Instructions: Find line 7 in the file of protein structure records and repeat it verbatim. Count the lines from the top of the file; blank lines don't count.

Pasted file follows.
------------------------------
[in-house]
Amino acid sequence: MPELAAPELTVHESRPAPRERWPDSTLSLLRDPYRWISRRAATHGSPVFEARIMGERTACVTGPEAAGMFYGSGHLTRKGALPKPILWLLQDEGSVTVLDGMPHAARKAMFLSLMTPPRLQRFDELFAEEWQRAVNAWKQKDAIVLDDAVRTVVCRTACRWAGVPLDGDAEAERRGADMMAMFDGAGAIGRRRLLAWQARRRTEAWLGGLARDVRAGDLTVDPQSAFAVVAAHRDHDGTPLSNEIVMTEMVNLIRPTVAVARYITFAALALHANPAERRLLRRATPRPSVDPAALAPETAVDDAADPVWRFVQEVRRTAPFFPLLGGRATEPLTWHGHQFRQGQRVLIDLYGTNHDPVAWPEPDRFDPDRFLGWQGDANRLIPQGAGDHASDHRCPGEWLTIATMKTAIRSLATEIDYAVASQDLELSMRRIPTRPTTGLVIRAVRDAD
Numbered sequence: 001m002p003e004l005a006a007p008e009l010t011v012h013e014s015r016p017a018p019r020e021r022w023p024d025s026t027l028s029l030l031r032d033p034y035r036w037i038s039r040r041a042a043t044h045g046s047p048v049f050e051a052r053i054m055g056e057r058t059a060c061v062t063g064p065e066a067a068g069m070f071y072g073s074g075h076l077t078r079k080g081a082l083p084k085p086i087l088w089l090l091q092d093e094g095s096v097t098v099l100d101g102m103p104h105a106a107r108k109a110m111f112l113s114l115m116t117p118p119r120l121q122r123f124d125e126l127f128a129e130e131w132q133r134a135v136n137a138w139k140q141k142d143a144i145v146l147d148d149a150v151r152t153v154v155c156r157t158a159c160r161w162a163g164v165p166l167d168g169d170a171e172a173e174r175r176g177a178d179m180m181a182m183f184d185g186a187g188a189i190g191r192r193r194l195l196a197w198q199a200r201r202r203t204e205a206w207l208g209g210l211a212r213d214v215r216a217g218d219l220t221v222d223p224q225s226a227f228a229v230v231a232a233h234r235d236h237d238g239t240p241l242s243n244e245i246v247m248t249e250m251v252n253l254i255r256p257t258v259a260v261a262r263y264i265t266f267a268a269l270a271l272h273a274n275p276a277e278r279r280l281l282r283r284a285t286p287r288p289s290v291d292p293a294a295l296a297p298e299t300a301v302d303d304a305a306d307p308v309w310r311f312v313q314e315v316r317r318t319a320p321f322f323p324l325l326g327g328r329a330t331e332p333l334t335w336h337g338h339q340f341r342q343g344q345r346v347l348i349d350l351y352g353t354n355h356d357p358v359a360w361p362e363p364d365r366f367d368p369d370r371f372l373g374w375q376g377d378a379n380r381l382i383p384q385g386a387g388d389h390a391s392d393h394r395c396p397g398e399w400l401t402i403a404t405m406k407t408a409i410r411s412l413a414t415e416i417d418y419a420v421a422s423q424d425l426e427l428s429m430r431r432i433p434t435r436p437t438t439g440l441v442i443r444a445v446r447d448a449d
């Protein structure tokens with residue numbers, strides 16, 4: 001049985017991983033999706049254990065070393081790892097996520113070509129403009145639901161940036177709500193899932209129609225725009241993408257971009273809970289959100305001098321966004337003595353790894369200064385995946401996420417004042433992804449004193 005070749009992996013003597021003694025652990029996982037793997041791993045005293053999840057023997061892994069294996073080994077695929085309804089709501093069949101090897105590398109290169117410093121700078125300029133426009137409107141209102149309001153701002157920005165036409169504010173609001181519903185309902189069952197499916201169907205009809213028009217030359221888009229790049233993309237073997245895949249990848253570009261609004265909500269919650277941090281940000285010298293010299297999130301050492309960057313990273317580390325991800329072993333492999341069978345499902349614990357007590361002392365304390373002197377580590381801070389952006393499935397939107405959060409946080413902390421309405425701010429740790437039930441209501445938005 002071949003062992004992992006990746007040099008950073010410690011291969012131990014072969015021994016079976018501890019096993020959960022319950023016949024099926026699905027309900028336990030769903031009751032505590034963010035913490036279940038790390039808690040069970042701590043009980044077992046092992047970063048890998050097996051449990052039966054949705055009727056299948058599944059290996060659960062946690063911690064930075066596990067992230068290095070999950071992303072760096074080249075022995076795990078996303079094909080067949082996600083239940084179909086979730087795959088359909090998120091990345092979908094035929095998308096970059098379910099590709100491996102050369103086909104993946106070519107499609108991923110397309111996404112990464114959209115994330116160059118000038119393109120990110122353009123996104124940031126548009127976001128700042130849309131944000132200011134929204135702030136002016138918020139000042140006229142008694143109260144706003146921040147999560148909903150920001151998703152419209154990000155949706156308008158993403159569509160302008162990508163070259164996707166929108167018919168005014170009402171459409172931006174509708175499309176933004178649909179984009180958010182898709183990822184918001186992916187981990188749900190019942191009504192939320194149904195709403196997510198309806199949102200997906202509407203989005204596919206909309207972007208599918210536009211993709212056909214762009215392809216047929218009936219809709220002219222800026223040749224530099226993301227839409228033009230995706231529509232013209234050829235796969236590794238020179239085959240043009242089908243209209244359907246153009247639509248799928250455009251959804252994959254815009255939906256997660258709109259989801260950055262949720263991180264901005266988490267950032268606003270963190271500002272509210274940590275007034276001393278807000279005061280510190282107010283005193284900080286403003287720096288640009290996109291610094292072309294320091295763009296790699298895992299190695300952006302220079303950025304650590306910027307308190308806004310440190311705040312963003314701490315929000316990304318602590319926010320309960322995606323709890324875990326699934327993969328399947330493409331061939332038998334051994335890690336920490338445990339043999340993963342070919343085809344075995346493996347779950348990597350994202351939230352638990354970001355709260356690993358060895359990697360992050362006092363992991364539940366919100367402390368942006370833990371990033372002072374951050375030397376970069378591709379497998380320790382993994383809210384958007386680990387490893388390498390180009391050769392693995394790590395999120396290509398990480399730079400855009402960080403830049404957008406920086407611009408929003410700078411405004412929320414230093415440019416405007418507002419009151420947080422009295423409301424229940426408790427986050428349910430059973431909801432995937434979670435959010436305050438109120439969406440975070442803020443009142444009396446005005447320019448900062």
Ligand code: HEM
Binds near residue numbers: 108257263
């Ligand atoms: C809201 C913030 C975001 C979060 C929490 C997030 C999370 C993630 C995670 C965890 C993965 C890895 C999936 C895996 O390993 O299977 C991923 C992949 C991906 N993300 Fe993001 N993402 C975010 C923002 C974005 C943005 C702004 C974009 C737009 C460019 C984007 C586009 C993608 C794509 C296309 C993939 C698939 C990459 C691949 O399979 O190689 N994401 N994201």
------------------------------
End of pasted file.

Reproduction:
């Ligand atoms: C809201 C913030 C975001 C979060 C929490 C997030 C999370 C993630 C995670 C965890 C993965 C890895 C999936 C895996 O390993 O299977 C991923 C992949 C991906 N993300 Fe993001 N993402 C975010 C923002 C974005 C943005 C702004 C974009 C737009 C460019 C984007 C586009 C993608 C794509 C296309 C993939 C698939 C990459 C691949 O399979 O190689 N994401 N994201």